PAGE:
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Accuracy and precision
The accuracy and precision of measurements have special meanings in the fields of science, engineering, industry and statistics.
 The accuracy of a measurement system is how close it gets to a quantity's actual (true) value.^{[1]}
 The precision of a measurement system is the degree to which repeated measurements give the same results.^{[1]}^{[2]}
A measurement system can be accurate but not precise, precise but not accurate, neither, or both. For example, if an experiment contains a error in the way it is done, then increasing the sample size generally increases precision but does not improve accuracy. The end result would be a consistent, yet inaccurate, set of results from the flawed experiment. Eliminating the systematic error improves accuracy but does not change precision.
A measurement system is valid if it is both accurate and precise. Related terms include bias (nonrandom or directed effects caused by a factor or factors unrelated to the independent variable) and error (random variability).
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The terminology is also applied to indirect measurements—that is, values obtained by a computational procedure from observed data.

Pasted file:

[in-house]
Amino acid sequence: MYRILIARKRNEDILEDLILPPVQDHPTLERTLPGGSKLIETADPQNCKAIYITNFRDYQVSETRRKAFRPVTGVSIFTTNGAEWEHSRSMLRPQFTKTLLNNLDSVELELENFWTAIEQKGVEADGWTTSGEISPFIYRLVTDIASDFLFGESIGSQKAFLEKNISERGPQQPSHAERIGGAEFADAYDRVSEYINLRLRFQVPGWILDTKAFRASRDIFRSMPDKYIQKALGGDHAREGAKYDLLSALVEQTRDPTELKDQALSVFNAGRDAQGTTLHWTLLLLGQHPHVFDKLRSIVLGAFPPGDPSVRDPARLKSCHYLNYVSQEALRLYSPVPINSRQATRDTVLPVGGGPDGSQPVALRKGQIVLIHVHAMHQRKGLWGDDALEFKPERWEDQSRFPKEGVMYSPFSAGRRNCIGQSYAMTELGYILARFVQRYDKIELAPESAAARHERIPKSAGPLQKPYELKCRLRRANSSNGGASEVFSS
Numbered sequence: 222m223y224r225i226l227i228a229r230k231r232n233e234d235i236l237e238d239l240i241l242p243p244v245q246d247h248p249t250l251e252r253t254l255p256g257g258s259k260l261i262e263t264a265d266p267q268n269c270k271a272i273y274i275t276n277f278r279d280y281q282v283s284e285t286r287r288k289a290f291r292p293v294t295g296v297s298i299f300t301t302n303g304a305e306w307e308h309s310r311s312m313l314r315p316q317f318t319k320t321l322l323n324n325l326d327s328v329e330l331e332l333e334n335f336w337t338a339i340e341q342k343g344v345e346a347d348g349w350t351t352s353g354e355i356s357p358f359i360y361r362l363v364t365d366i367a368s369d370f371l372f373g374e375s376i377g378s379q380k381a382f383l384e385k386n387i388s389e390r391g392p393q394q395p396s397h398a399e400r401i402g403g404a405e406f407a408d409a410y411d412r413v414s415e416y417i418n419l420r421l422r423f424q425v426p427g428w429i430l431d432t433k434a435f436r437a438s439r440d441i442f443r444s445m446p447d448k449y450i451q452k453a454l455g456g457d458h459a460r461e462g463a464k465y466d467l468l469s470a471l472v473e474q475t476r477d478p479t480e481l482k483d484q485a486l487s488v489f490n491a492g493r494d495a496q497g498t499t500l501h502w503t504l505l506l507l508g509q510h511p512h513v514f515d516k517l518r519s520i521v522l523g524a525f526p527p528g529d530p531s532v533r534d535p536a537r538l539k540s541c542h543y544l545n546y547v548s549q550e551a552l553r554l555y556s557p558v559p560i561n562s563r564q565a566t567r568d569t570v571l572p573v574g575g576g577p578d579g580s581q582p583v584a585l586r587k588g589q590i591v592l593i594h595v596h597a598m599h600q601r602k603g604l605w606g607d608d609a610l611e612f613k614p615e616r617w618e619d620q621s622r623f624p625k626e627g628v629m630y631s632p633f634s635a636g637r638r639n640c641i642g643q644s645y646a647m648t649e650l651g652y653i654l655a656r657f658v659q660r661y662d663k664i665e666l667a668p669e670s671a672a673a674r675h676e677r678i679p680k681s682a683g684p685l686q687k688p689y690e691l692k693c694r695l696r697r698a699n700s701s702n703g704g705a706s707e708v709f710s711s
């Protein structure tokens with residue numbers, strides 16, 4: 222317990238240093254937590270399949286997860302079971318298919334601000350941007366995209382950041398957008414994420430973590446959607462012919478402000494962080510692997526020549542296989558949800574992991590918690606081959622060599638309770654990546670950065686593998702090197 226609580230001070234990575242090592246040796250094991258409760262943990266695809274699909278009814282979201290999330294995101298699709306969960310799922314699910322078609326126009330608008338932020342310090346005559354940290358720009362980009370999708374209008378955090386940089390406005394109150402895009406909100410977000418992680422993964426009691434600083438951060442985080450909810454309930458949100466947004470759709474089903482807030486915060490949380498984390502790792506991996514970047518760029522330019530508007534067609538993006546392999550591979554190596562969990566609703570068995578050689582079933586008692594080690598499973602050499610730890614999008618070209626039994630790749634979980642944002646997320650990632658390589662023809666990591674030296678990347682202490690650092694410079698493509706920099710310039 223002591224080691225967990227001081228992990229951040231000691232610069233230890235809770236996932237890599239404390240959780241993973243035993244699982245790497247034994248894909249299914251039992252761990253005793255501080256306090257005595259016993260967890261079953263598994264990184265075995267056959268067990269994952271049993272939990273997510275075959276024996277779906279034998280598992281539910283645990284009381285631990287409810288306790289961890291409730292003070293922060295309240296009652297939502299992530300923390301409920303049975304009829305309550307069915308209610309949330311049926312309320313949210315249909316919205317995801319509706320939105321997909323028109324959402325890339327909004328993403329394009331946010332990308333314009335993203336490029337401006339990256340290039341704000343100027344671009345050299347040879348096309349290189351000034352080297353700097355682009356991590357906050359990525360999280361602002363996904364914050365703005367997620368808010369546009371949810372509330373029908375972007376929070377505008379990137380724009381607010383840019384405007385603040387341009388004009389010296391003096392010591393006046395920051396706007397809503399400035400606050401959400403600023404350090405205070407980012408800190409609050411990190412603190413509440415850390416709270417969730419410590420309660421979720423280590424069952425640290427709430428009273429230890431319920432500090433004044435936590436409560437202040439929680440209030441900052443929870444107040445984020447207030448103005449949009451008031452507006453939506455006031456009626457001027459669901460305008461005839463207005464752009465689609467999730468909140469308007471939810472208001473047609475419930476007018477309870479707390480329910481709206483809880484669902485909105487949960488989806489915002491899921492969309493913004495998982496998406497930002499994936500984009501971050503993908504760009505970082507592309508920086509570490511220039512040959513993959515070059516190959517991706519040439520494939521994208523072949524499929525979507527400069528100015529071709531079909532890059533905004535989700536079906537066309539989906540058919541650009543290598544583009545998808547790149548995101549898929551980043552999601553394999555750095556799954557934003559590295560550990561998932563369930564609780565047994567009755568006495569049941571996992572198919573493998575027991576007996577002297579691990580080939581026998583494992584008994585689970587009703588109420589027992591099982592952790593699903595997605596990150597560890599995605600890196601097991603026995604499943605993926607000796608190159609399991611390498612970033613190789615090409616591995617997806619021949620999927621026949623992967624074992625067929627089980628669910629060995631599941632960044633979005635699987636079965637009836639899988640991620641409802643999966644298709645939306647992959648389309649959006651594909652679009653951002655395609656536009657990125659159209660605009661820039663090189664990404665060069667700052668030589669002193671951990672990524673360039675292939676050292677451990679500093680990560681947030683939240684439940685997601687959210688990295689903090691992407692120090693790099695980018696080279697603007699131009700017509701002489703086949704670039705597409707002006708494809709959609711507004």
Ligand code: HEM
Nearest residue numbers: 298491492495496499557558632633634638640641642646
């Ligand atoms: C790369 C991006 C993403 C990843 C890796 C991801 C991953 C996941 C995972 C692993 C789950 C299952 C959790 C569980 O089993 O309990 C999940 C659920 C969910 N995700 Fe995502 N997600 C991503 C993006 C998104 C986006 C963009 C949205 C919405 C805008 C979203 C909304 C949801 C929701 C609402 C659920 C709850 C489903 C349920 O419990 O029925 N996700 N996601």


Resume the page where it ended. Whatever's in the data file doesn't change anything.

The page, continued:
In addition to accuracy and precision, measurements may also have a measurement resolution, which is the smallest change in the underlying physical quantity that produces a response in the measurement.
Different meanings of 'precision'
The word "precision" also refers to how fine the measurement is made, as the resolution of the measurement, such as to the nearest meter, centimeter, or yard, foot, inch, or nanometer.
In the case of full reproducibility, such as when rounding a number to a representable floating point number, the word precision has a meaning not related to reproducibility. For example, in the IEEE 7542008 standard, it means the number of bits in the significand (number of digits in the amount), so it is used as a measure for the relative accuracy with which a number can be shown.
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References
 ↑ ^{1.0} ^{1.1} JCGM 200:2008 International vocabulary of metrology — Basic and general concepts and associated terms (VIM)
 ↑ John Robert Taylor (1999). An Introduction to Error Analysis: The Study of Uncertainties in Physical Measurements. University Science Books. pp. 128–129. . https://books.google.com/books?id=giFQcZub80oC&pg=PA128.
Other websites
 BIPM  Guides in metrology  Guide to the Expression of Uncertainty in Measurement (GUM) and International Vocabulary of Metrology (VIM)
 "Beyond NIST Traceability: What really creates accuracy"  Controlled Environments magazine
 Precision and Accuracy with Three Psychophysical Methods
 Guidelines for Evaluating and Expressing the Uncertainty of NIST Measurement Results, Appendix D.1: Terminology
 Accuracy and Precision